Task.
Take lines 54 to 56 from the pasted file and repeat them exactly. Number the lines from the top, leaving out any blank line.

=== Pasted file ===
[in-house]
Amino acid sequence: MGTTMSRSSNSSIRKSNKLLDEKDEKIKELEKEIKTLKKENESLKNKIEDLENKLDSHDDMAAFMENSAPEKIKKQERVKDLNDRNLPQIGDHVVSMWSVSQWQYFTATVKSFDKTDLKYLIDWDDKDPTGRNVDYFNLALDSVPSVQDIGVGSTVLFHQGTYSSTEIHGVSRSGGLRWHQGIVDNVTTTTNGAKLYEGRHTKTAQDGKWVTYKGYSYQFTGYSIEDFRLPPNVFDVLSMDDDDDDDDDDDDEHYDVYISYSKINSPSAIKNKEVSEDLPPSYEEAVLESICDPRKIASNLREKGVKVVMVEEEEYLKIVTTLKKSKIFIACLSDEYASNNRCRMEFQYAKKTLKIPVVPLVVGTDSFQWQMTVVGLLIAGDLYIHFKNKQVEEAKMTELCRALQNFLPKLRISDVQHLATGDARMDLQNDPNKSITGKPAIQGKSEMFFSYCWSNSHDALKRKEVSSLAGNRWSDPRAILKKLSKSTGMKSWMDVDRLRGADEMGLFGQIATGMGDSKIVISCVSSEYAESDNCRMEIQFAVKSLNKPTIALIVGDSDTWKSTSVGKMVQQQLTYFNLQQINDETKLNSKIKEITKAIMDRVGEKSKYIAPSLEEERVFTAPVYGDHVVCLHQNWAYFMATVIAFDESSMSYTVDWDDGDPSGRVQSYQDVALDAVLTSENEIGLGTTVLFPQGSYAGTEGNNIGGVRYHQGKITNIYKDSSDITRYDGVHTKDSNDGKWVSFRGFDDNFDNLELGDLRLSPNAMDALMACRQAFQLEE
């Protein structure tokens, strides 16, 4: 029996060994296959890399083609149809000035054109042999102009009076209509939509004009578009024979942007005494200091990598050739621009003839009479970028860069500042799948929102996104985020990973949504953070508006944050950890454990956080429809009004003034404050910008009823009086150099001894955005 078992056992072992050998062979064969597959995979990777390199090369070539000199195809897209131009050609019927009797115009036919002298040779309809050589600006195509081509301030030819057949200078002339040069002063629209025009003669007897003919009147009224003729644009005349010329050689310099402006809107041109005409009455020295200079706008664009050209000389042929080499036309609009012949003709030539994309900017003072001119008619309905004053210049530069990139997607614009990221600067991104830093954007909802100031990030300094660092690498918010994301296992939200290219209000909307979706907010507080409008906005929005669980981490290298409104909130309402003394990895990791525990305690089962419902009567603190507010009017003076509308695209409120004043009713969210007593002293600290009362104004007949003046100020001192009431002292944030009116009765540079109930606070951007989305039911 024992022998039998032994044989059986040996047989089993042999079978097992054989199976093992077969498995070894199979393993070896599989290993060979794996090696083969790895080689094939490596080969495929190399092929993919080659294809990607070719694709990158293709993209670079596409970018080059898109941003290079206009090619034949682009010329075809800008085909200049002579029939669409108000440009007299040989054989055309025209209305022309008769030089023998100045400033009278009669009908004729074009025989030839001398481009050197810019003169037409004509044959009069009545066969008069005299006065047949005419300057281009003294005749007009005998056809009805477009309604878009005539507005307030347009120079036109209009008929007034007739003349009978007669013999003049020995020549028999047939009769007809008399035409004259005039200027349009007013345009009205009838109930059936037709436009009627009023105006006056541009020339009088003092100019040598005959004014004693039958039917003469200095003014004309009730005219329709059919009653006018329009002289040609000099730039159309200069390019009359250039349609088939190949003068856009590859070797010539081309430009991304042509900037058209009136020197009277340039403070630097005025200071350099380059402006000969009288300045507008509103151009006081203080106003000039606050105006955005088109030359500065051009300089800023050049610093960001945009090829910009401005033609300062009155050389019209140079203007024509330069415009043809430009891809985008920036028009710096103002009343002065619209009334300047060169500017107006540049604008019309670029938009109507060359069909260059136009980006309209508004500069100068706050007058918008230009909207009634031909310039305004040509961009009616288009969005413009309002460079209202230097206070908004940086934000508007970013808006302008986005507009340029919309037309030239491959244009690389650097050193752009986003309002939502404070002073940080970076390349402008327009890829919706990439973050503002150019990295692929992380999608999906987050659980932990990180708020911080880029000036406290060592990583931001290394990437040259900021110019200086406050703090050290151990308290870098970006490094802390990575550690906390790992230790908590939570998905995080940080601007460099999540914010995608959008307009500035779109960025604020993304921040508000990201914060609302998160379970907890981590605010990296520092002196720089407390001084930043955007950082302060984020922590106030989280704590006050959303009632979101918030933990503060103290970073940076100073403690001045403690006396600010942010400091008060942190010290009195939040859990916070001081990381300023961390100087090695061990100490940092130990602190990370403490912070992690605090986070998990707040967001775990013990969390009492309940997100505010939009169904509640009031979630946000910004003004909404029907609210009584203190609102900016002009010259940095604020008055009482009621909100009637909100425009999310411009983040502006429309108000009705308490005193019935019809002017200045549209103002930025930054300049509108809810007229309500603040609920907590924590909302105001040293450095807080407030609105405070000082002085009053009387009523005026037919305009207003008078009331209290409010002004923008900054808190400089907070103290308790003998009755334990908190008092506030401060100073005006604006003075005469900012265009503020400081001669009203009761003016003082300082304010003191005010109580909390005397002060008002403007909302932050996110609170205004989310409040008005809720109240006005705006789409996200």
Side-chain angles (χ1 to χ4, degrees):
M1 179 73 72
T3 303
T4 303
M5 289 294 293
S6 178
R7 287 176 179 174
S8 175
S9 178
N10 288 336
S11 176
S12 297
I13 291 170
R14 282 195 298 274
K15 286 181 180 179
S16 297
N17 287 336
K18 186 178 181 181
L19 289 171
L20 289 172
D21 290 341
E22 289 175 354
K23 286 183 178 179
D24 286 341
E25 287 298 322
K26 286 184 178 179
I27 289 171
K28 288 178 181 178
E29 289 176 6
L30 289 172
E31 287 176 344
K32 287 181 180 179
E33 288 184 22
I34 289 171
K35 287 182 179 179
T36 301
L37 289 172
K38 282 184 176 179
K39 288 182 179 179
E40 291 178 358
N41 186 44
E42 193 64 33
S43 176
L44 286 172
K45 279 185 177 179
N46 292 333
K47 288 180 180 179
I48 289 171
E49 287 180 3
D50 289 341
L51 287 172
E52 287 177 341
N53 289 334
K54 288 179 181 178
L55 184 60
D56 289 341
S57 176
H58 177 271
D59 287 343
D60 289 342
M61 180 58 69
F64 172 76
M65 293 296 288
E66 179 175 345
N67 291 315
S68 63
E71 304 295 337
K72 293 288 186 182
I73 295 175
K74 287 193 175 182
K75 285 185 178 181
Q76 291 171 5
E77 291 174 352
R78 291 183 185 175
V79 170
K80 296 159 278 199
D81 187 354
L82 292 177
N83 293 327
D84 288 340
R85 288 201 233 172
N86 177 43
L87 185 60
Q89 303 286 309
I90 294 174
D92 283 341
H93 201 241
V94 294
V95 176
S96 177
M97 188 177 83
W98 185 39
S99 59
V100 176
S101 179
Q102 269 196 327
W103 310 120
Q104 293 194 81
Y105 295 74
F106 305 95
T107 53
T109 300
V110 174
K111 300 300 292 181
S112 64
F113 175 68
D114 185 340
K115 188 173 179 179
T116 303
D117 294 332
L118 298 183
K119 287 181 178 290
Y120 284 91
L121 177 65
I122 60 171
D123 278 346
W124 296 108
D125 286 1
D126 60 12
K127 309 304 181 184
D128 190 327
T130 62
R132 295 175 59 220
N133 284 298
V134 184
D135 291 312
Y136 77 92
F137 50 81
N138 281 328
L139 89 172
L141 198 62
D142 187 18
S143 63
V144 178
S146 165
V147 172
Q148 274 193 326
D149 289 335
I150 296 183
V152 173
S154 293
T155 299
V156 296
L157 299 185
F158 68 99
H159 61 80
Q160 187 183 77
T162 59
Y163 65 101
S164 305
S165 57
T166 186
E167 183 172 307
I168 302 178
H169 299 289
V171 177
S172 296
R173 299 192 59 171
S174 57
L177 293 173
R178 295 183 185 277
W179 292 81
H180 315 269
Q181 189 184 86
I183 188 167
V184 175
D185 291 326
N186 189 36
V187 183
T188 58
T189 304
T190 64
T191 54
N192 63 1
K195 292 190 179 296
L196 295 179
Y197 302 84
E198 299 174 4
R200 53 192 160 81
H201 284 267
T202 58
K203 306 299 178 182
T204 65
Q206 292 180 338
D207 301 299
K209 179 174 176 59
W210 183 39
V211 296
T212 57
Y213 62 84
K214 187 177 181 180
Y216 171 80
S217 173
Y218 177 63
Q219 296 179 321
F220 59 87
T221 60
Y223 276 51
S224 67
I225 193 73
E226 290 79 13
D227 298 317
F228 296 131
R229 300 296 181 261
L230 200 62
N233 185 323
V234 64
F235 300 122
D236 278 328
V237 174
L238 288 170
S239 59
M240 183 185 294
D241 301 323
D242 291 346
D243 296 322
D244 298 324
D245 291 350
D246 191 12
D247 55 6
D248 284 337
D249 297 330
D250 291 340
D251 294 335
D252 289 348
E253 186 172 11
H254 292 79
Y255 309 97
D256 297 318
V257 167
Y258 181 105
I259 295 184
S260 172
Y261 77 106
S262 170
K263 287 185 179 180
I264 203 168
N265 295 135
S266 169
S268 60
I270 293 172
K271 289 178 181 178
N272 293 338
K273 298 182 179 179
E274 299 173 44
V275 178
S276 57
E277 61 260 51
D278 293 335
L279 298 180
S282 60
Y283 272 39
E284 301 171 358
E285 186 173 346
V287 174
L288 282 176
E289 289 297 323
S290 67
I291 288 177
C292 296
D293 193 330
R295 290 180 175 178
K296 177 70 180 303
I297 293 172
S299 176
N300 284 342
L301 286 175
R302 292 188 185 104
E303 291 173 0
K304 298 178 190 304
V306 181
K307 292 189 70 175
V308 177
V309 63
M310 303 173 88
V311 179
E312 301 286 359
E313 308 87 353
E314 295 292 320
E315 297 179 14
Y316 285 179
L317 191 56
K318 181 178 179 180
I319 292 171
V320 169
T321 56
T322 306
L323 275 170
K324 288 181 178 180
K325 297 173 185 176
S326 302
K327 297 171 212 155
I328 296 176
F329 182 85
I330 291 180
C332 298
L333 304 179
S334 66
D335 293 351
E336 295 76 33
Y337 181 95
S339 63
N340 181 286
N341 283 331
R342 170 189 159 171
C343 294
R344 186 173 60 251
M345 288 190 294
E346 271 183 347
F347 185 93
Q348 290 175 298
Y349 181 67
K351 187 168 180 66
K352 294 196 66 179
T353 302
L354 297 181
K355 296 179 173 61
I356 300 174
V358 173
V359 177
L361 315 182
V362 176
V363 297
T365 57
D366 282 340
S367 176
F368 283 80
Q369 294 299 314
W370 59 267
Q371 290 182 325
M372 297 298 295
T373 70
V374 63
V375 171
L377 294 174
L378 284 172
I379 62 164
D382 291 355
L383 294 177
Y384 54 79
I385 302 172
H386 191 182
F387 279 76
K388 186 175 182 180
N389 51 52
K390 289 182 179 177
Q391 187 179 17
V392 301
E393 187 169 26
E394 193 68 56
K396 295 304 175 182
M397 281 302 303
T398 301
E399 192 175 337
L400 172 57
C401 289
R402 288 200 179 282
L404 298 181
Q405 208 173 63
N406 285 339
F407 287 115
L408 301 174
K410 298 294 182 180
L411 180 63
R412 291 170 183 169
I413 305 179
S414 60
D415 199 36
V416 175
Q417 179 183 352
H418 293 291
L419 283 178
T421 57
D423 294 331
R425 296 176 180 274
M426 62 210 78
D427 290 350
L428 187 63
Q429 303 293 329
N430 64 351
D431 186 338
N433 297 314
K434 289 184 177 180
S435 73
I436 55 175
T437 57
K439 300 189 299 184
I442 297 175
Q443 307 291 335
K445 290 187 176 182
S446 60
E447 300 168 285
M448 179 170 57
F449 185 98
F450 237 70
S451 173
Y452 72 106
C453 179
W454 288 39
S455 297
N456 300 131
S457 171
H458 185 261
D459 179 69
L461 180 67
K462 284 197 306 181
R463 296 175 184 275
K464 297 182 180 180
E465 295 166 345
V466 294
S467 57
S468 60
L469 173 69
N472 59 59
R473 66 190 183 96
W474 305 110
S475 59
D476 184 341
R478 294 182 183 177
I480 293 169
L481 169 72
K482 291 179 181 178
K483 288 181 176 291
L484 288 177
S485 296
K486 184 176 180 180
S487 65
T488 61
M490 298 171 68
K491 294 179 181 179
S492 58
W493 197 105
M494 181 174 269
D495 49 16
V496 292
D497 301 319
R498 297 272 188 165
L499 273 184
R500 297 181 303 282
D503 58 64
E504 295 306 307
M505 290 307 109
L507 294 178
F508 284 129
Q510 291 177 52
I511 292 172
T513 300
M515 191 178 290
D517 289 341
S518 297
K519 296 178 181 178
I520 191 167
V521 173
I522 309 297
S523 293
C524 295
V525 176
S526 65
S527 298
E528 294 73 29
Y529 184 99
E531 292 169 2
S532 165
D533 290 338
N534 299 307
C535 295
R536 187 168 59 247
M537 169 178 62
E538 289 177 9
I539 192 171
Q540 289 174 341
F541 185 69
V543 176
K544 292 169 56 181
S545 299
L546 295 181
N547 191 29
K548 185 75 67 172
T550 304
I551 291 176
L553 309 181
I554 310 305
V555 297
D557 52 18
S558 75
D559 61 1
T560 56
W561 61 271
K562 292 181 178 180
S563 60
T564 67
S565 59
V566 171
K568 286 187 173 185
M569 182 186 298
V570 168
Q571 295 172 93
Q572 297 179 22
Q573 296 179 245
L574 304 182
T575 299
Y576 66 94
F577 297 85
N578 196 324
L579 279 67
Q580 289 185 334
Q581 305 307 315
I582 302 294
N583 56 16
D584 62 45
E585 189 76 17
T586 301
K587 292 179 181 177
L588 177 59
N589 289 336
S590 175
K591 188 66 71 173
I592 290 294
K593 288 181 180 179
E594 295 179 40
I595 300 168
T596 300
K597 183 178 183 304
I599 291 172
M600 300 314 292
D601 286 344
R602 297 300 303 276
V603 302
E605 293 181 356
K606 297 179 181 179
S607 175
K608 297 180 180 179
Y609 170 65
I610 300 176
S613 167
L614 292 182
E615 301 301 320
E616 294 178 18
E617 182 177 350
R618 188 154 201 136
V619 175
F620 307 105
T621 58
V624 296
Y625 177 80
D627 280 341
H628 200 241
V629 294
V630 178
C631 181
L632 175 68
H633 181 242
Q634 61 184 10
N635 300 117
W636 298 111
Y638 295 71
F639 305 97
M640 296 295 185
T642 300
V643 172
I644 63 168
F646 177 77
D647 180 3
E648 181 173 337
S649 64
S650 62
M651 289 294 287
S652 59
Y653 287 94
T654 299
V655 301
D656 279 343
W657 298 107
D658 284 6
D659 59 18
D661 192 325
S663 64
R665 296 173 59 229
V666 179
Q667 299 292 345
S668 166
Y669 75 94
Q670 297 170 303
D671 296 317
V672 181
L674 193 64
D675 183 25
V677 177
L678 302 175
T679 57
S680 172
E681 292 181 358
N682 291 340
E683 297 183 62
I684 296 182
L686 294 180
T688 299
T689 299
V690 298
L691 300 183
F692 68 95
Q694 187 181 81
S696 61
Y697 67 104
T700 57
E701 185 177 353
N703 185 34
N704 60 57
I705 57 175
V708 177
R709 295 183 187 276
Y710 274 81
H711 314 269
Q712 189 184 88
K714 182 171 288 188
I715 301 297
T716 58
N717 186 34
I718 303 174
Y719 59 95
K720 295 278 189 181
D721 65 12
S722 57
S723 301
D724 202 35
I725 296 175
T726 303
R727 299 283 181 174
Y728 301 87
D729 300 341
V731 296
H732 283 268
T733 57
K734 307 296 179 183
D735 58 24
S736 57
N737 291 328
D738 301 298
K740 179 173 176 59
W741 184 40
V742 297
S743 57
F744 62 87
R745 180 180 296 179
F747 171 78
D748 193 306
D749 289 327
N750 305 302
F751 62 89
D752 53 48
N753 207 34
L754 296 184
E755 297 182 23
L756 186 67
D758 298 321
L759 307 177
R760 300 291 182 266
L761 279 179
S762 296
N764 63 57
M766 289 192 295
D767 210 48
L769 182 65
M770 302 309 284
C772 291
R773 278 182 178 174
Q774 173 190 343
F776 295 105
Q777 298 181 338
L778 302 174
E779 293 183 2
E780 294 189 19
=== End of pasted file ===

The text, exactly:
L51 287 172
E52 287 177 341
N53 289 334